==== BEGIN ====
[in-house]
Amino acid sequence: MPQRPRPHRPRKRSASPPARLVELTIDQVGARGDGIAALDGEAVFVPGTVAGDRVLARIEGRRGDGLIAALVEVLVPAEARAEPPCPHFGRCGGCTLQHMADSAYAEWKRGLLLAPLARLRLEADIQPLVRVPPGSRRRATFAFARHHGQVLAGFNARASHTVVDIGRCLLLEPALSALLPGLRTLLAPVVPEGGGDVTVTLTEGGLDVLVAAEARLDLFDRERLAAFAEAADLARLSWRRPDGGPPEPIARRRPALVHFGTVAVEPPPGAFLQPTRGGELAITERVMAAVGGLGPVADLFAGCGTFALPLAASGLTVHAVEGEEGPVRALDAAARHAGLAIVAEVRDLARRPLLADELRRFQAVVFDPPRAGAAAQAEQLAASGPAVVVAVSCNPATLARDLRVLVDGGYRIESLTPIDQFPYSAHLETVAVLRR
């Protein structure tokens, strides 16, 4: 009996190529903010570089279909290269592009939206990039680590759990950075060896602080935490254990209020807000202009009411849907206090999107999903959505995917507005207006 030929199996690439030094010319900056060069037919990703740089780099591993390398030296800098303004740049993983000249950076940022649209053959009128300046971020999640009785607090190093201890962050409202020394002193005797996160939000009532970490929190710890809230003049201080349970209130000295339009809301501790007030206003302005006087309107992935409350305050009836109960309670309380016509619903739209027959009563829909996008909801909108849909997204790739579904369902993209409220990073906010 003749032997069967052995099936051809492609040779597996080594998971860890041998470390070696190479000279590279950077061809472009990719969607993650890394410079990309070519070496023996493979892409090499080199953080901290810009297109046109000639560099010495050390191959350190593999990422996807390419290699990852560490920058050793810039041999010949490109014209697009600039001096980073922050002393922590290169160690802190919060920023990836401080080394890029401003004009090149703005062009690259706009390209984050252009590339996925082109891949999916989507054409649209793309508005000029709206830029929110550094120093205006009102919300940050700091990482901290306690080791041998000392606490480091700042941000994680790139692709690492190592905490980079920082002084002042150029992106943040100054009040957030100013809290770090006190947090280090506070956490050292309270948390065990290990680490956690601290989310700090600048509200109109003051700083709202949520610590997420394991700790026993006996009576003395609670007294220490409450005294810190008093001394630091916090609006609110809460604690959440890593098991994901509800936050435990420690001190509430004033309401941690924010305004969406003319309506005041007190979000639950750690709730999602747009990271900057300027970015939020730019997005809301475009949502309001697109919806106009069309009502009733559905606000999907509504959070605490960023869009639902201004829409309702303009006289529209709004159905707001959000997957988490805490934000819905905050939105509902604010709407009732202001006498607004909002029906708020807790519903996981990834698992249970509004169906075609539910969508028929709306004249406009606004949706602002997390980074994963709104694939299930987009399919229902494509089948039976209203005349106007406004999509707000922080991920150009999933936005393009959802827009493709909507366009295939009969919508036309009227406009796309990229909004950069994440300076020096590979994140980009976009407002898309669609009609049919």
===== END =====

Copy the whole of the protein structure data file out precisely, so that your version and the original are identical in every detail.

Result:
[in-house]
Amino acid sequence: MPQRPRPHRPRKRSASPPARLVELTIDQVGARGDGIAALDGEAVFVPGTVAGDRVLARIEGRRGDGLIAALVEVLVPAEARAEPPCPHFGRCGGCTLQHMADSAYAEWKRGLLLAPLARLRLEADIQPLVRVPPGSRRRATFAFARHHGQVLAGFNARASHTVVDIGRCLLLEPALSALLPGLRTLLAPVVPEGGGDVTVTLTEGGLDVLVAAEARLDLFDRERLAAFAEAADLARLSWRRPDGGPPEPIARRRPALVHFGTVAVEPPPGAFLQPTRGGELAITERVMAAVGGLGPVADLFAGCGTFALPLAASGLTVHAVEGEEGPVRALDAAARHAGLAIVAEVRDLARRPLLADELRRFQAVVFDPPRAGAAAQAEQLAASGPAVVVAVSCNPATLARDLRVLVDGGYRIESLTPIDQFPYSAHLETVAVLRR
């Protein structure tokens, strides 16, 4: 009996190529903010570089279909290269592009939206990039680590759990950075060896602080935490254990209020807000202009009411849907206090999107999903959505995917507005207006 030929199996690439030094010319900056060069037919990703740089780099591993390398030296800098303004740049993983000249950076940022649209053959009128300046971020999640009785607090190093201890962050409202020394002193005797996160939000009532970490929190710890809230003049201080349970209130000295339009809301501790007030206003302005006087309107992935409350305050009836109960309670309380016509619903739209027959009563829909996008909801909108849909997204790739579904369902993209409220990073906010 003749032997069967052995099936051809492609040779597996080594998971860890041998470390070696190479000279590279950077061809472009990719969607993650890394410079990309070519070496023996493979892409090499080199953080901290810009297109046109000639560099010495050390191959350190593999990422996807390419290699990852560490920058050793810039041999010949490109014209697009600039001096980073922050002393922590290169160690802190919060920023990836401080080394890029401003004009090149703005062009690259706009390209984050252009590339996925082109891949999916989507054409649209793309508005000029709206830029929110550094120093205006009102919300940050700091990482901290306690080791041998000392606490480091700042941000994680790139692709690492190592905490980079920082002084002042150029992106943040100054009040957030100013809290770090006190947090280090506070956490050292309270948390065990290990680490956690601290989310700090600048509200109109003051700083709202949520610590997420394991700790026993006996009576003395609670007294220490409450005294810190008093001394630091916090609006609110809460604690959440890593098991994901509800936050435990420690001190509430004033309401941690924010305004969406003319309506005041007190979000639950750690709730999602747009990271900057300027970015939020730019997005809301475009949502309001697109919806106009069309009502009733559905606000999907509504959070605490960023869009639902201004829409309702303009006289529209709004159905707001959000997957988490805490934000819905905050939105509902604010709407009732202001006498607004909002029906708020807790519903996981990834698992249970509004169906075609539910969508028929709306004249406009606004949706602002997390980074994963709104694939299930987009399919229902494509089948039976209203005349106007406004999509707000922080991920150009999933936005393009959802827009493709909507366009295939009969919508036309009227406009796309990229909004950069994440300076020096590979994140980009976009407002898309669609009609049919």